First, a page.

Polk County, Florida
History


JOHN LEVI SKIPPER.

1826 - 1907

John Levi Skipper was born in Camden County, Georgia, November 23, 1826, the son of Martha Pearce. His maternal grandparents were John and Ann (Cain) Pearce. It is believed that his father's name was Gabriel Skipper. Martha Pearce, in her family Bible, notes that "John L. Pearce was born November 23, 1826". Also, in 1902 when John L. Skipper applied for a pension based upon his Seminole Indian war service he stated that he had been discharged from his company under the name of John L. Pearce. A number of years after the birth of John Levi, Martha Pearce married Joseph Mizell.

John Levi Skipper moved to Hillsborough County, Florida during the 1840's and on October 8, 1849 he was married to Elizabeth Jane Hollingsworth, daughter of Stephen and Elizabeth (Colwell) Hollingsworth. She was born about 1829 in Sampson County, North Carolina, and moved with her family to Alabama, Georgia and finally to Hillsborough County, Florida in 1842. John Levi and Elizabeth Jane (Hollingsworth) Skipper had the following children:

1. David Henry Skipper, born December 8, 1850; died September 28, 1921; married 1st, Florida Ann Smith, November 26, 1874; married 2nd, Dolly Powell, 1889.

2. Jonathan Shaw "Jack" Skipper, born March 4, 1854; died September 28, 1905; married Letitia Guest, January 3, 1880.

3. Enoch Eugene Skipper, born July 31, 1856; died November 2, 1920; married Martha E. Blount, January 25, 1882.

4. Stephen Skipper, born May 2, 1859; died April 27, 1942; married Mary Cornelia Hart, July 17, 1890.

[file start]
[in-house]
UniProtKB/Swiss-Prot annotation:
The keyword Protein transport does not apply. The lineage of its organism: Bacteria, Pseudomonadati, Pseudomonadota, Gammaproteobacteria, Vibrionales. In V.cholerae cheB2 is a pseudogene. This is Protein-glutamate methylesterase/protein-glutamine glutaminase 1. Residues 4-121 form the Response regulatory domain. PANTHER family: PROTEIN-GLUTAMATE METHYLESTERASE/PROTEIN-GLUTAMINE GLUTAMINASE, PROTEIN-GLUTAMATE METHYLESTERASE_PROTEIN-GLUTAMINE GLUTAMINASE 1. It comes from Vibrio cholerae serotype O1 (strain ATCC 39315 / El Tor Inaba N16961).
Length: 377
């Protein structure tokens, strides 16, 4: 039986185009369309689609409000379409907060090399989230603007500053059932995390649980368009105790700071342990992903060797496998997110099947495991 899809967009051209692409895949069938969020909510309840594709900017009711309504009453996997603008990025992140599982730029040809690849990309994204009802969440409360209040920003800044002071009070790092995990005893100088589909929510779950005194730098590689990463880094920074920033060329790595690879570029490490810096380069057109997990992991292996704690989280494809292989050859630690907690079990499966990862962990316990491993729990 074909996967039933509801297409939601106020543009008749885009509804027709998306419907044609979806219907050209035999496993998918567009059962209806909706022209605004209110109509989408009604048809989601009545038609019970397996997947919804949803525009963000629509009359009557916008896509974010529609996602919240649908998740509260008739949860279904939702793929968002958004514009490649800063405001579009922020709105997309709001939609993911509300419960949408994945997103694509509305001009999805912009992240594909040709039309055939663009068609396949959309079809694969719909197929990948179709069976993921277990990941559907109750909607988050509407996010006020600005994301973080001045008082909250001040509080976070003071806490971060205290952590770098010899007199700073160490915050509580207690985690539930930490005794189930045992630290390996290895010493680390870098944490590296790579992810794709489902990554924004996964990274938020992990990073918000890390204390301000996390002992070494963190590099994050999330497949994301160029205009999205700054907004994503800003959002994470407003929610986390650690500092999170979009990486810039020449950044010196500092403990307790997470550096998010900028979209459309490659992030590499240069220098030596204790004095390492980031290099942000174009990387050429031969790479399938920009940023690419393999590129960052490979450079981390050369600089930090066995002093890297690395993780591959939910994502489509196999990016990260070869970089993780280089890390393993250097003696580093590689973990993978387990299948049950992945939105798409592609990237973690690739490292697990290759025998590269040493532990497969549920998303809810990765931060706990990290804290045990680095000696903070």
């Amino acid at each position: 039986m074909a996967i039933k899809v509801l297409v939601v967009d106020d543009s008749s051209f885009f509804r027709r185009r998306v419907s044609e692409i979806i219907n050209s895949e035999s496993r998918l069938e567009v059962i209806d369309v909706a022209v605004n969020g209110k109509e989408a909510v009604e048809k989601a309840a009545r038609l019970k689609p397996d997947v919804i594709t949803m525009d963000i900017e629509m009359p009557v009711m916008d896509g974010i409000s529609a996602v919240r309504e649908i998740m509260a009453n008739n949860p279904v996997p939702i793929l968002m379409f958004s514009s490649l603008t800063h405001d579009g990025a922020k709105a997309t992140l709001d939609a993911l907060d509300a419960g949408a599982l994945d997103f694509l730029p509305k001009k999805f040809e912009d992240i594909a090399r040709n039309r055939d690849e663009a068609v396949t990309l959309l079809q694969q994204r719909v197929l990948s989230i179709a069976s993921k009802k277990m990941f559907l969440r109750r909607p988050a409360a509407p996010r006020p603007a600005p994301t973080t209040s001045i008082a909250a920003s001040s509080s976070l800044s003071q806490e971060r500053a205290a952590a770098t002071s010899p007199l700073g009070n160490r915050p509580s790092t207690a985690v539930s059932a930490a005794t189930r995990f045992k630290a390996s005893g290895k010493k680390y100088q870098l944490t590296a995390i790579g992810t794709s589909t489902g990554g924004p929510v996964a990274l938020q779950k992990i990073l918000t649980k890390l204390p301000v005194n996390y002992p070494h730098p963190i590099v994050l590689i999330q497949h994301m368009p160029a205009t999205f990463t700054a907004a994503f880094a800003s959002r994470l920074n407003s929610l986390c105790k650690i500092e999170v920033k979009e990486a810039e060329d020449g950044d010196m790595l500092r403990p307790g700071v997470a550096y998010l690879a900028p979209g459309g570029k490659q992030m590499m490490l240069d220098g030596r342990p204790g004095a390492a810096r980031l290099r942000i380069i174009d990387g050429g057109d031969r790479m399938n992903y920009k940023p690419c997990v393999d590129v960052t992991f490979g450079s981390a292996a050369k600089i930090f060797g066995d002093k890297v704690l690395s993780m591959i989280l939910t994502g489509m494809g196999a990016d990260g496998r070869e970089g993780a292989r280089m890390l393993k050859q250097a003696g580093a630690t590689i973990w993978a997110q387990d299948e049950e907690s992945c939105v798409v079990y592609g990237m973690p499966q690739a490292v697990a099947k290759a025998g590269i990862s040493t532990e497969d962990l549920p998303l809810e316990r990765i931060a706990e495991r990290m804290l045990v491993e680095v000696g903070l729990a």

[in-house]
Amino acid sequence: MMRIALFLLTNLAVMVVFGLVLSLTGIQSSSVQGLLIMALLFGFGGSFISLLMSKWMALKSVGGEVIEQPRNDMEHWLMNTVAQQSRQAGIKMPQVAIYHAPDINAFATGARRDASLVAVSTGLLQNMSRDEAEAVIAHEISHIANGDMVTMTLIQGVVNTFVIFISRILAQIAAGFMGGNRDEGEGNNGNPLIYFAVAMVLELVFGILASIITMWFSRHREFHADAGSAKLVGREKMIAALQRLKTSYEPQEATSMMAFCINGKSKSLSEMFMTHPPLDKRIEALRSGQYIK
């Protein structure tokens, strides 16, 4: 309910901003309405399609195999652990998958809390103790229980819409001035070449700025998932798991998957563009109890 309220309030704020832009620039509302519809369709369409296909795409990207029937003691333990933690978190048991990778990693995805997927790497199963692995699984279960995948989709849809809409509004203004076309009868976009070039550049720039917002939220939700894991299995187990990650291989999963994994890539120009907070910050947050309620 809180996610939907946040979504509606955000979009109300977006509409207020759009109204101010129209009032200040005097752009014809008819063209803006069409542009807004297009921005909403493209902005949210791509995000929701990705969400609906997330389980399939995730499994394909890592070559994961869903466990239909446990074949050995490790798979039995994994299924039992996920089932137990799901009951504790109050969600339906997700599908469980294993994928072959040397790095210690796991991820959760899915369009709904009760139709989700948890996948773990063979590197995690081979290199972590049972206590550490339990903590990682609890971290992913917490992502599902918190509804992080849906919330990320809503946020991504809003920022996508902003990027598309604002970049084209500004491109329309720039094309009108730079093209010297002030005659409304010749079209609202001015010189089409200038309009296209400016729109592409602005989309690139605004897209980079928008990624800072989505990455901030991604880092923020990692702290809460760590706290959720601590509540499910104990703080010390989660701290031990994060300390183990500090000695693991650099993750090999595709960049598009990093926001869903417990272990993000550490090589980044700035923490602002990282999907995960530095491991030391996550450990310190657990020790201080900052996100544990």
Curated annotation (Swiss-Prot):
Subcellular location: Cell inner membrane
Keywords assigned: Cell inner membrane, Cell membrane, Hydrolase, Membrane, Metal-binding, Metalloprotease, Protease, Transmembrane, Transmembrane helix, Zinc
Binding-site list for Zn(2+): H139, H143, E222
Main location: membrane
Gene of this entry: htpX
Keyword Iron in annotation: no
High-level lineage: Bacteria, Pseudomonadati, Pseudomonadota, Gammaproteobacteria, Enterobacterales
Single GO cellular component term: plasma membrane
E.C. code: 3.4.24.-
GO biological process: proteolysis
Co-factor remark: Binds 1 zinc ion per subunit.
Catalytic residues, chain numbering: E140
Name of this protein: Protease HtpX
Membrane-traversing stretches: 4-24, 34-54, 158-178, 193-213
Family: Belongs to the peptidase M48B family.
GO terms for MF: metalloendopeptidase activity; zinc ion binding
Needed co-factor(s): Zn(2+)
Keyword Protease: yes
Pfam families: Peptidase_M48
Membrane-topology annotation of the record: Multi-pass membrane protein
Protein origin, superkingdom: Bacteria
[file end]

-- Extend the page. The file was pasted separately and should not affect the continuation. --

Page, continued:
5. Martha Ann Skipper, born September 20, 1861; died February 5, 1947; married James Irvin Roberts, November 16, 1875.

6. Joseph Lee Skipper, born May 24, 1864; died September 6, 1947; married Minnie Merritt Nunnally, May 7, 1891.

7. Thomas Cooper Skipper, born May 12, 1866; died young.

8. John Levi "Bud" Skipper, born June 19, 1867; died July 26, 1940; married Jessie Carlton.

9. Mary Jane Elizabeth Skipper, born May 19, 1871; died December 7, 1954; married Samuel A. Hart.

10. William Oscar Skipper, born November 10, 1873; died January 10, 1954; married 1st Bertha Pearl Hart, January 20, 1895; married 2nd, Bertha Herzog Saunders, July 3, 1919.

John L. Skipper was a cattleman and farmer in Hillsborough County. On May 29, 1850 he registered the JL brand for use on his cattle, the mark being "Poplar leaf in one ear, undersquare in the other". John and Elizabeth Jane Skipper are shown twice on the 1850 census for Hillsborough County, once as family 88, again as family 111. At that time they were living in the Ichepucksassa-Simmons Hammock area.

By 1856 John L. Skipper and his family moved to the Peas Creek area, settling on the east side of the stream, near the present site of Homeland. Their homestead appears on Ives' 1856 military map of Florida, being shown on the east side of the trail that led from Fort Carroll south to Fort Meade.

When the Third Seminole War broke out, John Levi Skipper enlisted in Captain William B. Hooker's Independent Company of Florida Mounted Volunteers at Fort Meade January 3, 1856. They were mustered into Federal service on Februaray 21, 1856 and served until August 20, 1856. After Seminoles attacked the home of Willoughby Tillis, June 14, 1856, they retreated south to Peas Creek swamp. Lt. Streaty Parker led a detachment of men to pursue the Indians and among his number was John L. Skipper. During the battle which followed on June 16, 1856, John Levi was wounded. A colorful account of this incident appears in J. C. Parrish's Battling the Seminoles: